Monday, April 23, 2007

ESPN's "NASCAR Now" Scores With New Format

ESPN2 debuted a re-vamped one hour NASCAR Now on Monday night. Somehow, the finality that NASCAR fans are tired of the "fluff" and ready for some "stuff" has reached the hallways of Bristol, CT. Changes in this program were top-to-bottom.

Host Erik Kuselias threw to video highlights of the NEXTEL Cup race right-off the top of the show. With a good script, Kuselias made it work, but perhaps a more veteran voice might "sell" the highlights with authority. Luckily, the best decision was to go directly to soundbites of Jeff Gordon post-race. This allowed the only outstanding issue, about the Earnhardt flag tribute, to be addressed right away.

Stacy Compton showed-up and put the Gordon victory, and his tribute, in perspective. Compton is a very good historian, and his plain language and calm demeanor really helped to finally end the NASCAR Now hype. Nicely done by all parties.

At long last, ESPN used the cell phone to call Steve Letarte and get him to explain how his #24 team stayed-on the lead lap, how Jeff did in the car, and what the tribute meant to the team. This was a feature that NASCAR Now has to commit firmly to each Monday, and expand. Kuselias was absolutely told to avoid the type of "hype" and "drama" that has defined this program series up to this point. Good idea.

NASCAR Now seems to have grasped the concept that raw footage from the events of the weekend works as "in-bumps" on the show when returning from commercial. It was so nice to hear ESPN using announcer sound from the NASCAR on Fox gang, as if they finally acknowledged we are all in this together. More footage in this hour, for any reason, would be welcomed. Fans miss a lot by only seeing the final on-air broadcast.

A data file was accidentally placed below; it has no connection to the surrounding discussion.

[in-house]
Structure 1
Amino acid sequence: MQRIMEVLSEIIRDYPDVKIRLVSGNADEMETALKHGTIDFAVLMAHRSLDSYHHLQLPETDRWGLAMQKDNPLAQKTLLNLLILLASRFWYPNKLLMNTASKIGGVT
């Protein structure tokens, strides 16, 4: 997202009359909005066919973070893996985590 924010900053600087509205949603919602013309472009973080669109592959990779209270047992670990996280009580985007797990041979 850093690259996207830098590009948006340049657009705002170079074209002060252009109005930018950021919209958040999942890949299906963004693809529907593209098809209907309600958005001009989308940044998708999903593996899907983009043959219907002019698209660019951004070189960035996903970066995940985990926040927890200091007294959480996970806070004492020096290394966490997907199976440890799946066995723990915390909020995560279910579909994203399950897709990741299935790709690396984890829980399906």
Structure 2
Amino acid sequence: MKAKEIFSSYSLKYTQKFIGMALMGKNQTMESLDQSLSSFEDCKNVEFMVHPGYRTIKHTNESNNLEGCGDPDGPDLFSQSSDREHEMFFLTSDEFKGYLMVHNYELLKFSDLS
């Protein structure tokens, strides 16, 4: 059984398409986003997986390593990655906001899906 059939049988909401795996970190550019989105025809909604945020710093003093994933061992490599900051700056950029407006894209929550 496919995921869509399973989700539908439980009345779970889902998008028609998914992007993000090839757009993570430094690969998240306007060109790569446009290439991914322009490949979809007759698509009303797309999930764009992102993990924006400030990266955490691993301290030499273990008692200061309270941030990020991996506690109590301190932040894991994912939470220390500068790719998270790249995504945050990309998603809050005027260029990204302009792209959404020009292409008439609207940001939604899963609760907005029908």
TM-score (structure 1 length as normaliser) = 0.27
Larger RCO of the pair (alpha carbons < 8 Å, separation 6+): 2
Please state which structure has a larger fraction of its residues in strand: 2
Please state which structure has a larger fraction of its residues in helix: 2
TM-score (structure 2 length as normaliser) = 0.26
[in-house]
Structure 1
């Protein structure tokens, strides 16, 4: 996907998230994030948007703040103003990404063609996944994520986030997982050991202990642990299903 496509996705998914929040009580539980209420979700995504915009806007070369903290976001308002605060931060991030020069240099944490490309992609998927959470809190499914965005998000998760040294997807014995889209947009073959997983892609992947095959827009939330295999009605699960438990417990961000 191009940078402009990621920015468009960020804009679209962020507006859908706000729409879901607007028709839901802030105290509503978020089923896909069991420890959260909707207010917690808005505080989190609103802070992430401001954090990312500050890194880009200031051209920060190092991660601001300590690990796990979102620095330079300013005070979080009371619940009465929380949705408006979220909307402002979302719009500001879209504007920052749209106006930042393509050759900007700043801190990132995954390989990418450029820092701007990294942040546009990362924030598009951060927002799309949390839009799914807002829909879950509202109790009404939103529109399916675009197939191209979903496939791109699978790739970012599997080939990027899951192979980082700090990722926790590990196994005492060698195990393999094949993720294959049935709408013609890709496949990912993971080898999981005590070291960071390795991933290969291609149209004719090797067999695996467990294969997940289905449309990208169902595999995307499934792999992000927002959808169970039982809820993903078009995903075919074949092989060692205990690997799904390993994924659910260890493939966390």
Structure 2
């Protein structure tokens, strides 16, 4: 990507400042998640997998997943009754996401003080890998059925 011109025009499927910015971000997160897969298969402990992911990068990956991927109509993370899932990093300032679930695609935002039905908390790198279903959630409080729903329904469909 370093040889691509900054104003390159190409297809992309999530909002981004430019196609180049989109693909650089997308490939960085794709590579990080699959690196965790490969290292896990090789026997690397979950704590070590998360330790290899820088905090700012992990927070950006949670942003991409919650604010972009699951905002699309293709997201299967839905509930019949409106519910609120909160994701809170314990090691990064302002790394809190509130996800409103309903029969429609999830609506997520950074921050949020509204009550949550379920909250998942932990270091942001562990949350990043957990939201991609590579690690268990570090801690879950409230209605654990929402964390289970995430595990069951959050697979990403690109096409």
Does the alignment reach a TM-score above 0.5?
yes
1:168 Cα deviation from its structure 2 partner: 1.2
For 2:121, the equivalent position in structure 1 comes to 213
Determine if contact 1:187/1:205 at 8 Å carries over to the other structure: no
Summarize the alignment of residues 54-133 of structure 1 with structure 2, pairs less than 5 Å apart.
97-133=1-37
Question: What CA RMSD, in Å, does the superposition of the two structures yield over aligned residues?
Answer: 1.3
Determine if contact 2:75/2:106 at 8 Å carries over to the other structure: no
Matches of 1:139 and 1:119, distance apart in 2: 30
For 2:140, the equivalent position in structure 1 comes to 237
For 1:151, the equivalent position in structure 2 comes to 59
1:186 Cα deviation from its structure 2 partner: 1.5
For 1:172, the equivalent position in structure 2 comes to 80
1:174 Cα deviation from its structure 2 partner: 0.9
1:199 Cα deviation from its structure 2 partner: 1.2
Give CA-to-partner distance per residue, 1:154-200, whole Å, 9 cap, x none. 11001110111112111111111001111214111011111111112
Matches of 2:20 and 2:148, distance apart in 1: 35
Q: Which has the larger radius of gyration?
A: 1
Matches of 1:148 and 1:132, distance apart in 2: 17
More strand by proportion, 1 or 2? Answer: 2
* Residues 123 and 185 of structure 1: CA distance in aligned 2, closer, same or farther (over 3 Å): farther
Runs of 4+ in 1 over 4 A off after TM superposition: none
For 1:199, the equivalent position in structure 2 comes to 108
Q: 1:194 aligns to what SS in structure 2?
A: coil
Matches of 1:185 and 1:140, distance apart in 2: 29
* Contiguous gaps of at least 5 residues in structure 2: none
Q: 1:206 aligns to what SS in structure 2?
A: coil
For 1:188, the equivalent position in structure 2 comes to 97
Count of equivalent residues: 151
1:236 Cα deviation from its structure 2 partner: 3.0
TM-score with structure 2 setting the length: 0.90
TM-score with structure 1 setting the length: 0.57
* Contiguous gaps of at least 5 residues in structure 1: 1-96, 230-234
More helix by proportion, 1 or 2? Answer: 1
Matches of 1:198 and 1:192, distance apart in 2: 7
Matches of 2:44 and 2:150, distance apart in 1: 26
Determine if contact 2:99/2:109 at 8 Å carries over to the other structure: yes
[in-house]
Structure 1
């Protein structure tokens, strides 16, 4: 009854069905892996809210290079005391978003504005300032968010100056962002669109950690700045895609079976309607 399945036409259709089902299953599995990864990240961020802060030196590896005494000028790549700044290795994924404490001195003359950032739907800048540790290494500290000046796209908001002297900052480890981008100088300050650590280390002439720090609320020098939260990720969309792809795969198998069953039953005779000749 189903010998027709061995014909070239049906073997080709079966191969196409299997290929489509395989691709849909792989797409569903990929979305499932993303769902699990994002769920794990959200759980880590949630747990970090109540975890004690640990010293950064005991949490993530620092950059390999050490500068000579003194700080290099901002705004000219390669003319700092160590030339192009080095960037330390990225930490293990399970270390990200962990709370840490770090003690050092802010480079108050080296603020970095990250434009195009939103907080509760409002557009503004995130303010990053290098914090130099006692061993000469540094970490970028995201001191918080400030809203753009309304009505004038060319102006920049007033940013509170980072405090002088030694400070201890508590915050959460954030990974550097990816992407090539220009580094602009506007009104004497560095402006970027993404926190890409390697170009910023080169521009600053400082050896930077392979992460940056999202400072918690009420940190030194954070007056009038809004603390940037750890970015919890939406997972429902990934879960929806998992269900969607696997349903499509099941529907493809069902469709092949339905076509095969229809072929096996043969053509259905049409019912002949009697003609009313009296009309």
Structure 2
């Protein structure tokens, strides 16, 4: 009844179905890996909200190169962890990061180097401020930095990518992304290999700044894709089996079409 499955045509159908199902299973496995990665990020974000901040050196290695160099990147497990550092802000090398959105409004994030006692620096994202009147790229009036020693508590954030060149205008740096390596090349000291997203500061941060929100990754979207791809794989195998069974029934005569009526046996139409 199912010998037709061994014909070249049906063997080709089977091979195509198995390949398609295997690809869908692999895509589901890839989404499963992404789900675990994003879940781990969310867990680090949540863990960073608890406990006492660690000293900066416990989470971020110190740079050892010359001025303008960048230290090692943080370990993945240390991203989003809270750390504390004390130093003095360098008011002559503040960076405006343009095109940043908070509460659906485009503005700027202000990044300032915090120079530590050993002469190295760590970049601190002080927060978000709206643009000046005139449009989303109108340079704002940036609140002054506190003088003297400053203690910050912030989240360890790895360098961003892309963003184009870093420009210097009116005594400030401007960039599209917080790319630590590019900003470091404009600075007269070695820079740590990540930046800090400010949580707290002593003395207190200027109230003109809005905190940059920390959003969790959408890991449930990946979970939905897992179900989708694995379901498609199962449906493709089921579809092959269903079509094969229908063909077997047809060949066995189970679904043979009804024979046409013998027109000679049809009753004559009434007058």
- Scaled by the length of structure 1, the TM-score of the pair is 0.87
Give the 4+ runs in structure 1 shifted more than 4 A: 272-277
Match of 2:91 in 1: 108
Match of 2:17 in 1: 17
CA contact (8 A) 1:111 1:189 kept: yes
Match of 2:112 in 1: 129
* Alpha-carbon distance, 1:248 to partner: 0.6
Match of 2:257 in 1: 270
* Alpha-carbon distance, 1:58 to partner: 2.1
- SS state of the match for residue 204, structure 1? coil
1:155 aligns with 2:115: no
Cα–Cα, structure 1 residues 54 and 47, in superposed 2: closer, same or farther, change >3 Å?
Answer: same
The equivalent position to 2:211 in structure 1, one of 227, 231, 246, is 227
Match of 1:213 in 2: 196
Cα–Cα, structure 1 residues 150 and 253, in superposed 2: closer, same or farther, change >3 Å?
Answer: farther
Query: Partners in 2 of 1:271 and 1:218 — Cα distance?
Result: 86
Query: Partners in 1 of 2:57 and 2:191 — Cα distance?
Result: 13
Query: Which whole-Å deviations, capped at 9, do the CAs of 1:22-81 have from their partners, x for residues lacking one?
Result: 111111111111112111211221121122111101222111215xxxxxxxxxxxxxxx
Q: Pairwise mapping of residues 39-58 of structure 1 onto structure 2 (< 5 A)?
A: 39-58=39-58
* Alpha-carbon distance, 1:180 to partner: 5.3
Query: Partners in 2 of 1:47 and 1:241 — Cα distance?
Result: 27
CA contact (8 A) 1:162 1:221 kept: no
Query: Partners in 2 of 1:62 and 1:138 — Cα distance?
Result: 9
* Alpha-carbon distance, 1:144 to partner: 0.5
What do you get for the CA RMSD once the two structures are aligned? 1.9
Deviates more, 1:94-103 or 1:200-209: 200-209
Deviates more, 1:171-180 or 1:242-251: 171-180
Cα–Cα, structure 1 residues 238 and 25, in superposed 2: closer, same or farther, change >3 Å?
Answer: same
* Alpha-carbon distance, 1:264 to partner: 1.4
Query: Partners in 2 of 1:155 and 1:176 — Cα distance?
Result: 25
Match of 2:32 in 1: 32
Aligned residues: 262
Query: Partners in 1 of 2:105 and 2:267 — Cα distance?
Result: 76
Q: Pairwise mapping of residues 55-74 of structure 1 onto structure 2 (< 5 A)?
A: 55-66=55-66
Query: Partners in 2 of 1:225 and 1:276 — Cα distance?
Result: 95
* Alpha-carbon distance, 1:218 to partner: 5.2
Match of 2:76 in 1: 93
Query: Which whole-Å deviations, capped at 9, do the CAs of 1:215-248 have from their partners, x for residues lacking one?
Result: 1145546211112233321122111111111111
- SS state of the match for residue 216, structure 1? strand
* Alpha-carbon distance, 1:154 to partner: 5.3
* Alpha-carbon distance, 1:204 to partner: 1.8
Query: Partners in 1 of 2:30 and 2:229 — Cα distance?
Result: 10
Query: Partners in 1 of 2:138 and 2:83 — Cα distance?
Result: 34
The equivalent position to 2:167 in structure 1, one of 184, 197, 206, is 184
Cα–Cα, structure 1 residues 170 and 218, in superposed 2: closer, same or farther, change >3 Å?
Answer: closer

Shannon Spake hustled to get JD Gibbs on-camera to address the frustration of Tony Stewart. Gibbs did a great job explaining what we all knew, Tony wants to win. Eventually, Erik Kuselias might discover that intensity is exactly what Tony fans love. Spake also addressed the Gibbs COT issues, and actually got a friendly sign-off from Kuselias. That is the clincher that times have changed, Erik was nice.

Tim Cowlishaw continues to be out-of-place on this show. He is the only non-experienced commentator on the set. His "conversational" comments are used only to address the "take it or leave it" sports radio questions poised by Kuselias. As in this program, Stacy Compton laughed at Cowlishaw, and put him in his place about Tony Stewart's "antics." ESPN needs to move Cowlishaw back to an opinion-based position on or ESPN The Magazine. Places where the hype still lives.

Shannon Spake and her Producer are still continuing to crank-out quality features like the one in this show on Hendrick Motorsports. Her low-key and laid back style really fits well, and she seems to be able to stay in the background, and let the information and personalities speak for themselves. She is a nice surprise this season.